In this talk Dr. Viola Heinrich discusses how tropical forests play a key role in climate change mitigation. Recovering, degraded and secondary forests are becoming more dominant in tropical landscapes and yet large uncertainties exist regarding their carbon sink and storage. Starting in the Brazilian Amazon, this talk explores how a variety of satellite datasets can be used to improve the spatial representation of the carbon sink in recovering forests. By combining satellite-based datasets of secondary forest age and aboveground carbon, she explains how the carbon accumulation can be modelled according to different environmental variables and disturbances. These disturbances were found to drive spatially distinct regrowth patterns, with repeated anthropogenic disturbances reducing regrowth by up to 55%. Expanding this approach across the major tropical regions, the second half of the talk introduces the regional carbon recovery in degraded and secondary forests across the Amazon, Central Africa, and Borneo. Between 1984 and 2018 recovering forests offset a quarter of carbon emissions from tropical forest loss, indicating the mitigation potential of protecting them, alongside old-growth forest conservation.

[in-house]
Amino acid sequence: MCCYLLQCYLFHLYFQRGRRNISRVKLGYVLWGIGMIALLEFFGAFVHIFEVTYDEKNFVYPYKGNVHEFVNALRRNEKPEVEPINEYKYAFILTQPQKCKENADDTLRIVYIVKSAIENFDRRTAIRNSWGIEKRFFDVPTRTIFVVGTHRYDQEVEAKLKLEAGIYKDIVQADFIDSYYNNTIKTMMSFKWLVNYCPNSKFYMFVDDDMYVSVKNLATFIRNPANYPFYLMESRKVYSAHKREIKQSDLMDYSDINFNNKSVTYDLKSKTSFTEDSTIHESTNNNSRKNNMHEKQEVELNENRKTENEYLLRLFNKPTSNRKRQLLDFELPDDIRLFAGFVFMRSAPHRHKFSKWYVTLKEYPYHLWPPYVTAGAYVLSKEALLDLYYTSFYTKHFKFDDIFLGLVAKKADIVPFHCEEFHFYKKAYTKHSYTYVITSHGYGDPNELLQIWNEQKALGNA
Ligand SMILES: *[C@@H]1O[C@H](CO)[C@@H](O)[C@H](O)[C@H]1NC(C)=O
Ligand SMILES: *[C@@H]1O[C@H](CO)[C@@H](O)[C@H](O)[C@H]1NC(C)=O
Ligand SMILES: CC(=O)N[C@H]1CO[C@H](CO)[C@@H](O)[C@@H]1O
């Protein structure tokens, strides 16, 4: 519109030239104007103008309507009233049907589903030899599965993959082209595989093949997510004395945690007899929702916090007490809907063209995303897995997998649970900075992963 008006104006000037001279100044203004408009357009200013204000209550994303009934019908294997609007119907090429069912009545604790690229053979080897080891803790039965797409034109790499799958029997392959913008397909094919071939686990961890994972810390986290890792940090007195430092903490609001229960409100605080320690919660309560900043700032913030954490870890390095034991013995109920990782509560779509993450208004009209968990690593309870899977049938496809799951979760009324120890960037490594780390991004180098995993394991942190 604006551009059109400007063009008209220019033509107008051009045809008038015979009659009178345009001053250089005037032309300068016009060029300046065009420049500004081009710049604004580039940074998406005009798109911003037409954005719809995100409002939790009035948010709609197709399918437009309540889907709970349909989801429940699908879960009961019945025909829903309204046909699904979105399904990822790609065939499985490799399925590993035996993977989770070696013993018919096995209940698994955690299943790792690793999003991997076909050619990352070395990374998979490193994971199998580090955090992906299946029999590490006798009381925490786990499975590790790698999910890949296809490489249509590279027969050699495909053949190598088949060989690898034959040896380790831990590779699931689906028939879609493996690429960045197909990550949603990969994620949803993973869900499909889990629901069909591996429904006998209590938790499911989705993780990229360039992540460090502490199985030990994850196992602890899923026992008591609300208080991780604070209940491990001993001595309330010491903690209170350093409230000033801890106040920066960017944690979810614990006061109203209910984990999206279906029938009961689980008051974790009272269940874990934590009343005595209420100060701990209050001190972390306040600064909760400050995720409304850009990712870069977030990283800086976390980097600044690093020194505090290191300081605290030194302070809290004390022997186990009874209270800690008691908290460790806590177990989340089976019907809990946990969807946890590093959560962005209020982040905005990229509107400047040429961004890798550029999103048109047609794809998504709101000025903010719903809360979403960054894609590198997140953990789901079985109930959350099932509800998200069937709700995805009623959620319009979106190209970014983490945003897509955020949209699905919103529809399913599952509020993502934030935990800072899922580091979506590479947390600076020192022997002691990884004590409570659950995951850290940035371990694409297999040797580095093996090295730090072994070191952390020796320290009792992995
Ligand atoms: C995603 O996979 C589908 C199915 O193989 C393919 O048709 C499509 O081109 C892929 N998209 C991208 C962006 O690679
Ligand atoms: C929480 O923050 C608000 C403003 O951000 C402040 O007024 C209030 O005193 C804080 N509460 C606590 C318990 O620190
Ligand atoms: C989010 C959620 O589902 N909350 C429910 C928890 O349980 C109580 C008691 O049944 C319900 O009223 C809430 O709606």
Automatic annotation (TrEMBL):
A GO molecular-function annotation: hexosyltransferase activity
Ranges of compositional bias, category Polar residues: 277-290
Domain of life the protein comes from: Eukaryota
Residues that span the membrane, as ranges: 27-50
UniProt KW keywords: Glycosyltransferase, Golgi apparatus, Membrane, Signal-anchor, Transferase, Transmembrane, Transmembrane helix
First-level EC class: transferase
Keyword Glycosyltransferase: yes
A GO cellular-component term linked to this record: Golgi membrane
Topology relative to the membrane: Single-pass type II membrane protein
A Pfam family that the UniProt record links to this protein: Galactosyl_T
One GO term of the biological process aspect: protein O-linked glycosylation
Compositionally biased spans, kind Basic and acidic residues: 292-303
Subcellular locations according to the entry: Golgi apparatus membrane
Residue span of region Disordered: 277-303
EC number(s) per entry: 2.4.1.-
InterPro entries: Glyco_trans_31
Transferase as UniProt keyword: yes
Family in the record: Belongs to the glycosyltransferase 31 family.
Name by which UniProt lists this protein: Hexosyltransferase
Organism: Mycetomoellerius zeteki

The Leverhulme Centre for Nature Recovery is interested in promoting a wide variety of views and opinions on nature recovery from researchers and practitioners. The views, opinions and positions expressed within this lecture are those of the author alone, they do not purport to reflect the opinions or views of the Leverhulme Centre for Nature Recovery, or its researchers.